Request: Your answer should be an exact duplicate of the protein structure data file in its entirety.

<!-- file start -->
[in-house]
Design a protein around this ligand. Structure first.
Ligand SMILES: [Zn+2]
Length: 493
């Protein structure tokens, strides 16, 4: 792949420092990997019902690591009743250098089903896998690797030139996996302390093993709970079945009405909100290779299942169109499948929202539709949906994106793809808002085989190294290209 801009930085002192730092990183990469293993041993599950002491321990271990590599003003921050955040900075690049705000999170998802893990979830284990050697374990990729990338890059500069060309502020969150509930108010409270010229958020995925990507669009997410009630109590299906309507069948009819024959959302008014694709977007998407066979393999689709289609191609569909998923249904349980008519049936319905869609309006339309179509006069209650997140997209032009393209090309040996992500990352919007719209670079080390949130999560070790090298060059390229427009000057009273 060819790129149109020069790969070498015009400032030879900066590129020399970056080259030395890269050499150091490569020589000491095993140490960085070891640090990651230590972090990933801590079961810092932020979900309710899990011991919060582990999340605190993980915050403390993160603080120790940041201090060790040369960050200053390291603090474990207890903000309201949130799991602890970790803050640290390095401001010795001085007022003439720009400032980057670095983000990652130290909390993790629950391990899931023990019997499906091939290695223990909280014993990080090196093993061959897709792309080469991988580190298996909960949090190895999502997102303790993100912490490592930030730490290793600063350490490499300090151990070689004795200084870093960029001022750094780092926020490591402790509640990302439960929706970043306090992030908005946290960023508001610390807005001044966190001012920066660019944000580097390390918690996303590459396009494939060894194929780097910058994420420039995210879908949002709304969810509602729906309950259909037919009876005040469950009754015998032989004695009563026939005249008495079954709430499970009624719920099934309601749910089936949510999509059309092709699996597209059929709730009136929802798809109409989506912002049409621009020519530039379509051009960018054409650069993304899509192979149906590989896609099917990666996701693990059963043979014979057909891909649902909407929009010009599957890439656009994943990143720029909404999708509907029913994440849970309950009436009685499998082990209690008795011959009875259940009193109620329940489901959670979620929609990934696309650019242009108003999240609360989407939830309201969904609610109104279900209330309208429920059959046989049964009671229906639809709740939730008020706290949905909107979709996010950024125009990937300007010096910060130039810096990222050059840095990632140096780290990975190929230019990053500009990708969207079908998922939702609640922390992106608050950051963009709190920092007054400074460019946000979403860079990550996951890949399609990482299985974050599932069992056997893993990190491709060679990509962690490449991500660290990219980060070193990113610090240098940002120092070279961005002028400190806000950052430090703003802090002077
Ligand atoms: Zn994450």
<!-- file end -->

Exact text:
[in-house]
Design a protein around this ligand. Structure first.
Ligand SMILES: [Zn+2]
Length: 493
């Protein structure tokens, strides 16, 4: 792949420092990997019902690591009743250098089903896998690797030139996996302390093993709970079945009405909100290779299942169109499948929202539709949906994106793809808002085989190294290209 801009930085002192730092990183990469293993041993599950002491321990271990590599003003921050955040900075690049705000999170998802893990979830284990050697374990990729990338890059500069060309502020969150509930108010409270010229958020995925990507669009997410009630109590299906309507069948009819024959959302008014694709977007998407066979393999689709289609191609569909998923249904349980008519049936319905869609309006339309179509006069209650997140997209032009393209090309040996992500990352919007719209670079080390949130999560070790090298060059390229427009000057009273 060819790129149109020069790969070498015009400032030879900066590129020399970056080259030395890269050499150091490569020589000491095993140490960085070891640090990651230590972090990933801590079961810092932020979900309710899990011991919060582990999340605190993980915050403390993160603080120790940041201090060790040369960050200053390291603090474990207890903000309201949130799991602890970790803050640290390095401001010795001085007022003439720009400032980057670095983000990652130290909390993790629950391990899931023990019997499906091939290695223990909280014993990080090196093993061959897709792309080469991988580190298996909960949090190895999502997102303790993100912490490592930030730490290793600063350490490499300090151990070689004795200084870093960029001022750094780092926020490591402790509640990302439960929706970043306090992030908005946290960023508001610390807005001044966190001012920066660019944000580097390390918690996303590459396009494939060894194929780097910058994420420039995210879908949002709304969810509602729906309950259909037919009876005040469950009754015998032989004695009563026939005249008495079954709430499970009624719920099934309601749910089936949510999509059309092709699996597209059929709730009136929802798809109409989506912002049409621009020519530039379509051009960018054409650069993304899509192979149906590989896609099917990666996701693990059963043979014979057909891909649902909407929009010009599957890439656009994943990143720029909404999708509907029913994440849970309950009436009685499998082990209690008795011959009875259940009193109620329940489901959670979620929609990934696309650019242009108003999240609360989407939830309201969904609610109104279900209330309208429920059959046989049964009671229906639809709740939730008020706290949905909107979709996010950024125009990937300007010096910060130039810096990222050059840095990632140096780290990975190929230019990053500009990708969207079908998922939702609640922390992106608050950051963009709190920092007054400074460019946000979403860079990550996951890949399609990482299985974050599932069992056997893993990190491709060679990509962690490449991500660290990219980060070193990113610090240098940002120092070279961005002028400190806000950052430090703003802090002077
Ligand atoms: Zn994450």